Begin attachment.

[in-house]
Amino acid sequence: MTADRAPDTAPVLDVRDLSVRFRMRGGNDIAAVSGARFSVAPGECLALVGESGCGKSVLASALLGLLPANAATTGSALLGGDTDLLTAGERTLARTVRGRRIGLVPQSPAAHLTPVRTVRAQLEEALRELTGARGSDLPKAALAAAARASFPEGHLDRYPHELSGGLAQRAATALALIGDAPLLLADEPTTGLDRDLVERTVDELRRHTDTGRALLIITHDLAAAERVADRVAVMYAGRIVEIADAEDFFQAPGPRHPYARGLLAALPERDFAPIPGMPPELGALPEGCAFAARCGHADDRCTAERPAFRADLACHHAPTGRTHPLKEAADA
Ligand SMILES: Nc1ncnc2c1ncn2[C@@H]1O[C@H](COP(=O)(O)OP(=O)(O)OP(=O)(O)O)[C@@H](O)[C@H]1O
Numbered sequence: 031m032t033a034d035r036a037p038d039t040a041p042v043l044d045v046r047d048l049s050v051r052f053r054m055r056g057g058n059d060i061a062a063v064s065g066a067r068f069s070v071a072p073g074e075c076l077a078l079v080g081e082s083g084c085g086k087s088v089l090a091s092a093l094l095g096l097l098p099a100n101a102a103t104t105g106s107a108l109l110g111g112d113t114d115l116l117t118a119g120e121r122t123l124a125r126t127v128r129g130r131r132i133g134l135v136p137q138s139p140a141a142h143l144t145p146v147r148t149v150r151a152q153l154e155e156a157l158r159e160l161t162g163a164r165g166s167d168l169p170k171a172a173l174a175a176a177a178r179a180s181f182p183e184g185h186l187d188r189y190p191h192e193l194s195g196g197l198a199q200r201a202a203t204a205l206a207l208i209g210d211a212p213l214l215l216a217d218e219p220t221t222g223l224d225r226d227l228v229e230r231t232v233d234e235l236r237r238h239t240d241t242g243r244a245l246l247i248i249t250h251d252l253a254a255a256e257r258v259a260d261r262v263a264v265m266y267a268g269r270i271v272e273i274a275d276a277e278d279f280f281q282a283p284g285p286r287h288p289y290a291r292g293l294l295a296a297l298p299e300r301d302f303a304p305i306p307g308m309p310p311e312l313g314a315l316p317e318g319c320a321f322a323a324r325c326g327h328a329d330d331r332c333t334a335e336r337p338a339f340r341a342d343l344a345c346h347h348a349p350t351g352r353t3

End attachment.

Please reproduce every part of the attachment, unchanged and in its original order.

[in-house]
Amino acid sequence: MTADRAPDTAPVLDVRDLSVRFRMRGGNDIAAVSGARFSVAPGECLALVGESGCGKSVLASALLGLLPANAATTGSALLGGDTDLLTAGERTLARTVRGRRIGLVPQSPAAHLTPVRTVRAQLEEALRELTGARGSDLPKAALAAAARASFPEGHLDRYPHELSGGLAQRAATALALIGDAPLLLADEPTTGLDRDLVERTVDELRRHTDTGRALLIITHDLAAAERVADRVAVMYAGRIVEIADAEDFFQAPGPRHPYARGLLAALPERDFAPIPGMPPELGALPEGCAFAARCGHADDRCTAERPAFRADLACHHAPTGRTHPLKEAADA
Ligand SMILES: Nc1ncnc2c1ncn2[C@@H]1O[C@H](COP(=O)(O)OP(=O)(O)OP(=O)(O)O)[C@@H](O)[C@H]1O
Numbered sequence: 031m032t033a034d035r036a037p038d039t040a041p042v043l044d045v046r047d048l049s050v051r052f053r054m055r056g057g058n059d060i061a062a063v064s065g066a067r068f069s070v071a072p073g074e075c076l077a078l079v080g081e082s083g084c085g086k087s088v089l090a091s092a093l094l095g096l097l098p099a100n101a102a103t104t105g106s107a108l109l110g111g112d113t114d115l116l117t118a119g120e121r122t123l124a125r126t127v128r129g130r131r132i133g134l135v136p137q138s139p140a141a142h143l144t145p146v147r148t149v150r151a152q153l154e155e156a157l158r159e160l161t162g163a164r165g166s167d168l169p170k171a172a173l174a175a176a177a178r179a180s181f182p183e184g185h186l187d188r189y190p191h192e193l194s195g196g197l198a199q200r201a202a203t204a205l206a207l208i209g210d211a212p213l214l215l216a217d218e219p220t221t222g223l224d225r226d227l228v229e230r231t232v233d234e235l236r237r238h239t240d241t242g243r244a245l246l247i248i249t250h251d252l253a254a255a256e257r258v259a260d261r262v263a264v265m266y267a268g269r270i271v272e273i274a275d276a277e278d279f280f281q282a283p284g285p286r287h288p289y290a291r292g293l294l295a296a297l298p299e300r301d302f303a304p305i306p307g308m309p310p311e312l313g314a315l316p317e318g319c320a321f322a323a324r325c326g327h328a329d330d331r332c333t334a335e336r337p338a339f340r341a342d343l344a345c346h347h348a349p350t351g352r353t3